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Easing into the market with dollar cost averaging

Jeffrey Apps and Tracy Tutag

Some investors let their emotions rule their decision-making process as they try to keep up with stock market gyrations. In today’s unpredictable market, trying to anticipate the next trend can prove costly for the average investor. Even sophisticated investors and Wall Street professionals don’t often win at market timing!There’s a much easier way to ease into the market – it’s called dollar cost averaging. This strategy is not only uncomplicated, but it also can manage times of volatility and may decrease your average share price while potentially increasing your average capital gain. It may allow you to roll with market trends instead of being caught by them.The strategy is simple. You invest fixed-dollar amounts at regular intervals over time, regardless of market fluctuations. You may be able to lower your cost per share by investing this way over the long term, rather than plunking down large sums of money intermittently when market conditions appear to be favorable.

With dollar cost averaging, you put a fixed amount of money into an investment fund, for instance, on a regular schedule, regardless of whether the investment’s price happens to be rising or falling. By its very nature, this strategy gives you this guarantee: you will always buy fewer shares when prices are higher and more shares when prices are lower.For example: Let’s say you’re interested in buying shares in XYZ mutual fund. Instead of dollar cost averaging, you could buy a fixed number of shares, say a 100-share lot each quarter for a year. With an initial price of $20 a share, then $12, $15 and finally back to $20 a share, your average price would be $16.75 a share. During the year, you would have bought 400 shares for $6,700.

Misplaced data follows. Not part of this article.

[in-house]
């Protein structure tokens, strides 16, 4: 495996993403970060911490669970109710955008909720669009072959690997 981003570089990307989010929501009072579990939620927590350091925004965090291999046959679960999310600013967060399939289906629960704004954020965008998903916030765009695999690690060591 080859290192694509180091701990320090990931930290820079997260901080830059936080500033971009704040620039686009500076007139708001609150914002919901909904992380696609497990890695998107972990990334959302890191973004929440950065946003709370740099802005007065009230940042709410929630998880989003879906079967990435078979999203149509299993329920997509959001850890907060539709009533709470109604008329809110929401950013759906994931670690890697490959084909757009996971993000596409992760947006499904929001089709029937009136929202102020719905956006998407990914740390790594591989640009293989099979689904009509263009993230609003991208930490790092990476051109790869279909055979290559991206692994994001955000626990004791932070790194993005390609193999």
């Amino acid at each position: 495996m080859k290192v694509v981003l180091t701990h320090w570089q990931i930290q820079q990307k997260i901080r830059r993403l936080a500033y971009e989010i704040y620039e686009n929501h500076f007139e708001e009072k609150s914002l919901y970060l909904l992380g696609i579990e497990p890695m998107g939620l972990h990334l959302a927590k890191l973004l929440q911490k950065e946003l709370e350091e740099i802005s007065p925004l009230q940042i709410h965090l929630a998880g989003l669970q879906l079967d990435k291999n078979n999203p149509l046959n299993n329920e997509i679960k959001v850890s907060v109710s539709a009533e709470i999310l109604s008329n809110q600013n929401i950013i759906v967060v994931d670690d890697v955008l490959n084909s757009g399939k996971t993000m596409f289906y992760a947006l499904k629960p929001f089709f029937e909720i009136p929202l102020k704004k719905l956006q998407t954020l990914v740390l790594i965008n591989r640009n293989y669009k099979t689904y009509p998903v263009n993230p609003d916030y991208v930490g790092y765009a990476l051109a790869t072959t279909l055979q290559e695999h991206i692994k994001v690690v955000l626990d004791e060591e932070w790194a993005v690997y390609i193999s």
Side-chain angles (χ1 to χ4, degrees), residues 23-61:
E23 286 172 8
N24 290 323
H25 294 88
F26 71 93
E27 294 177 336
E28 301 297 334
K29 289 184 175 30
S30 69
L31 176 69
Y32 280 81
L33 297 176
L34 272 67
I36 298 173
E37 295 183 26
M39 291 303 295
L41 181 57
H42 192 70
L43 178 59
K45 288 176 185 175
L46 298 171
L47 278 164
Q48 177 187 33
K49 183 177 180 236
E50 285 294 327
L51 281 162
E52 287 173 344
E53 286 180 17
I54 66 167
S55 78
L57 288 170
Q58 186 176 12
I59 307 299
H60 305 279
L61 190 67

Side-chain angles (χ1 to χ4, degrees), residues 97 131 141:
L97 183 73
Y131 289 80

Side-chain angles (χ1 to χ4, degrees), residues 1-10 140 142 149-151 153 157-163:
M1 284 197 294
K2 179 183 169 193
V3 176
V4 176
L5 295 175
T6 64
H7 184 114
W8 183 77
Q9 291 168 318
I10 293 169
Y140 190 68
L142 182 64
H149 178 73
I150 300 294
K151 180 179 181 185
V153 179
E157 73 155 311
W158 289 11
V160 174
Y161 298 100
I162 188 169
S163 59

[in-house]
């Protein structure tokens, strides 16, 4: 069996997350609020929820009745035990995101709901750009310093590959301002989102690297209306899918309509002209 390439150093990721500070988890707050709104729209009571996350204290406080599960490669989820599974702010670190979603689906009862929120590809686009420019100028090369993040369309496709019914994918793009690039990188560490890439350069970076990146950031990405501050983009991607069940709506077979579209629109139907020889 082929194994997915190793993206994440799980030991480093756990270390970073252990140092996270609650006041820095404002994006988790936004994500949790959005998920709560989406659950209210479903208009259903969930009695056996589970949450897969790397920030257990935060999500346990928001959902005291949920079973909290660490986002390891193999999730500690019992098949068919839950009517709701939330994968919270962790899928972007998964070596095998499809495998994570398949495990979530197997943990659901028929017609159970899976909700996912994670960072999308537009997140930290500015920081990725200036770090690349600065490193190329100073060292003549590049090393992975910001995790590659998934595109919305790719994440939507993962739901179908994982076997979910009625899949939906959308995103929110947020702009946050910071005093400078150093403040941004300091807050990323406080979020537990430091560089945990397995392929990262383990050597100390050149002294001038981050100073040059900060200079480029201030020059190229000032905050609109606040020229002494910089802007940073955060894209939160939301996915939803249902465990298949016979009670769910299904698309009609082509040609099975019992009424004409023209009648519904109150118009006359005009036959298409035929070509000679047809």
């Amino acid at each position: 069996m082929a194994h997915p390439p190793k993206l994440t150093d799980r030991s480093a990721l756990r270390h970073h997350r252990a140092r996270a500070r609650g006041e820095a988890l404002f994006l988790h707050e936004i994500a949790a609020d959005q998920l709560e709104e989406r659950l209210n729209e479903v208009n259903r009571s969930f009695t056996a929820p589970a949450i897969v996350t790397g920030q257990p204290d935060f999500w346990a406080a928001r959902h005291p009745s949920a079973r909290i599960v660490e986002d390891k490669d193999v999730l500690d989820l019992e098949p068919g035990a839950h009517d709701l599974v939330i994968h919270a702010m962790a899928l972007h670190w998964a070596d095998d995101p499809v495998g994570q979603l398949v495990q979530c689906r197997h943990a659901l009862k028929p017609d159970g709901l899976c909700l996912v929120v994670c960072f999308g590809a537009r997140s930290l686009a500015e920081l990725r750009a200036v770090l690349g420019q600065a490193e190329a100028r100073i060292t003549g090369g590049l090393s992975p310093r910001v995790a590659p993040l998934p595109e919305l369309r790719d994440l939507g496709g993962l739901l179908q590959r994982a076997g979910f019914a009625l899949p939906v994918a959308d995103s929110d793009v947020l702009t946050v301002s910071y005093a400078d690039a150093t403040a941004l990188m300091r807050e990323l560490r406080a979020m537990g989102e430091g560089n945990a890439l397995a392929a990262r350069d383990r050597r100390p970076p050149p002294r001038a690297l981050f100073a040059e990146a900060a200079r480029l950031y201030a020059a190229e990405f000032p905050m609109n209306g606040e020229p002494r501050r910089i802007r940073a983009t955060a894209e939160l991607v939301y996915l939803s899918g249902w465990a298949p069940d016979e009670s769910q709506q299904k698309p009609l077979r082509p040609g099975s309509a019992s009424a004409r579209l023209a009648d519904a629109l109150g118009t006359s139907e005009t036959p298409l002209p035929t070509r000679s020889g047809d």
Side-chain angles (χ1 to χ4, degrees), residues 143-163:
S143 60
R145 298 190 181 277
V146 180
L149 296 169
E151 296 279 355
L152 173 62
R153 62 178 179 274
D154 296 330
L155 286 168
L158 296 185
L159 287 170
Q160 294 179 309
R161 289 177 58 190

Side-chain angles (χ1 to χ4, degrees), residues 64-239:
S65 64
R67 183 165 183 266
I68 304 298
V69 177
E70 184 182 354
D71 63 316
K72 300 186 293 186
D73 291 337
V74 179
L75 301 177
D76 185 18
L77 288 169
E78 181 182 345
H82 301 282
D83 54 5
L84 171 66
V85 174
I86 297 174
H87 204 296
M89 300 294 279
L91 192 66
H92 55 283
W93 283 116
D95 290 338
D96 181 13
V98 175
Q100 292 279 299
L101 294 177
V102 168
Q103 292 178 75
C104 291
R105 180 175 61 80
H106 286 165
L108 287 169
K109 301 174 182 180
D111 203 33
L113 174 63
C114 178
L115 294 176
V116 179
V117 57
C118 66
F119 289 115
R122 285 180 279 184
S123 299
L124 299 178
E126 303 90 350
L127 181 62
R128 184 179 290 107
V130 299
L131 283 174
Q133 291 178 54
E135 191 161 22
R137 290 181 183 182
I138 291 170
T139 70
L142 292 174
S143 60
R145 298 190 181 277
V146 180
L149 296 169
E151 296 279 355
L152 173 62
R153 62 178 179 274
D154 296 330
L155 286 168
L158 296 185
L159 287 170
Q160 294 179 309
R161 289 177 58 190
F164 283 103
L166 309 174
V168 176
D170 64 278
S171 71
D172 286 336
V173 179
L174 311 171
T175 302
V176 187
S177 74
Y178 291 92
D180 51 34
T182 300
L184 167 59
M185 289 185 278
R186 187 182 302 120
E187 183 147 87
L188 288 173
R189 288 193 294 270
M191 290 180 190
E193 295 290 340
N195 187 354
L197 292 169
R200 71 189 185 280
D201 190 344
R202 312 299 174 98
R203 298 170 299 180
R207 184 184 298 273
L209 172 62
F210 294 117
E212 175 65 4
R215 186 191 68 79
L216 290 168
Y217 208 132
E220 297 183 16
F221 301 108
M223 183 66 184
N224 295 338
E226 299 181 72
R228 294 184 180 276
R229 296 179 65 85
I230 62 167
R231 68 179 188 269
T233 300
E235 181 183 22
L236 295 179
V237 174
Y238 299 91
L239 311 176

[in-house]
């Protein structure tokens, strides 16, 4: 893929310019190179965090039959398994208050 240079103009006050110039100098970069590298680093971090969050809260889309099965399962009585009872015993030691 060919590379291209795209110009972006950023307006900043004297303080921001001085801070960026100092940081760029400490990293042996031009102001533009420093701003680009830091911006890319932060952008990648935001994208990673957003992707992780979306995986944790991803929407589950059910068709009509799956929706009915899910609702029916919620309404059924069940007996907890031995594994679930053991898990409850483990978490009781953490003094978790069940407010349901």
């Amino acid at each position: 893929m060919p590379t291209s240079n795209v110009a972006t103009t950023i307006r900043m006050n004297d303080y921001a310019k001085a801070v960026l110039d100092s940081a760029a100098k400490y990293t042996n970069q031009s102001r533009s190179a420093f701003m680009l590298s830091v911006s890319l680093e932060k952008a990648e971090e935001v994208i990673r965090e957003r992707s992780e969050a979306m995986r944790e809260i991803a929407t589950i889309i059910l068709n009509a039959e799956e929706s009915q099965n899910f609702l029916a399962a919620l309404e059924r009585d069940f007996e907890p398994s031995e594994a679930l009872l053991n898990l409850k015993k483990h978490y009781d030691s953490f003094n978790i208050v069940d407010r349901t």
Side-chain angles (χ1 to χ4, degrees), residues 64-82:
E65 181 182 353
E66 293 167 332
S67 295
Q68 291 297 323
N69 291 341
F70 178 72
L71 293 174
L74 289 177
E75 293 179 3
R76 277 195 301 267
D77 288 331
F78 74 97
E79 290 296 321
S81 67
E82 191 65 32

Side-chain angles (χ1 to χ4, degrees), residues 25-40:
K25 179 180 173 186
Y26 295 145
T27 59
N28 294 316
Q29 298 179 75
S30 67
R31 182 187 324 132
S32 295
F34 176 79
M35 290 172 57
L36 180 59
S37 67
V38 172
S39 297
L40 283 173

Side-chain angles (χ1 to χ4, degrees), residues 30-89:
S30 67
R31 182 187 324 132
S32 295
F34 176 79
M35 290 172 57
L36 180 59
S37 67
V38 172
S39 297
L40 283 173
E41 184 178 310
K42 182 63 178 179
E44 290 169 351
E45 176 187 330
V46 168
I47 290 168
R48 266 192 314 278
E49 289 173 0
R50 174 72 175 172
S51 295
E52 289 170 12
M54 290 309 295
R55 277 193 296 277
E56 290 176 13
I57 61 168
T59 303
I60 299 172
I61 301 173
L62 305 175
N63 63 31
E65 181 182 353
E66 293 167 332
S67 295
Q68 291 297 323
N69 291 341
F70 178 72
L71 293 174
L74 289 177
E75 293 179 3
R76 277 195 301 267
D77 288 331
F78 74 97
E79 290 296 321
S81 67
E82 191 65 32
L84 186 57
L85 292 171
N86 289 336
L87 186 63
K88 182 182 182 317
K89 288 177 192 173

Dollar cost averaging can only be effective if you have the discipline to stick with it in spite of normal market fluctuations and corrections. You must be willing to proceed with your investment plan over a period of several years.You must have the confidence in your investment to sit back and wait while share prices dip, knowing that you are buying at lower-than-average prices. If your fund rebounds, you will come out ahead due to your ownership of the larger quantities of shares you automatically purchased when prices were low. You should consider your financial ability to continue purchases through periods of low price levels. Generally, stock market investing should only be viewed as a long-term plan, with other financial programs in place for short and intermediate term goals.Since the stock market rarely moves in a straight line, dollar cost averaging is often a good strategy. It can be a good approach when you’re investing in mutual funds that offer long-term growth potential but short-term price fluctuations. Of course, it’s important to understand that dollar cost averaging cannot guarantee a profit and does not protect against loss in declining markets. Dollar cost averaging involves continuous investment in securities regardless of fluctuating price levels of such securities. The investor should consider his/her financial ability to continue purchases through periods of low price levels. Contact a financial professional today to help you determine if dollar cost averaging is appropriate for your financial plan.Jeffrey Apps and Tracy Tutag offer securities and investment advisory services through AXA Advisors, LLC (member NASD, SIPC) 1290 Avenue of the Americas, New York, NY, 212-314-4600, and offers annuity and insurance products through an insurance brokerage affiliate, AXA Network, LLC and its subsidiaries. They can be reached locally at (970) 926-0601, or at tracy.tutag@axa-advisors.com.vail colorado


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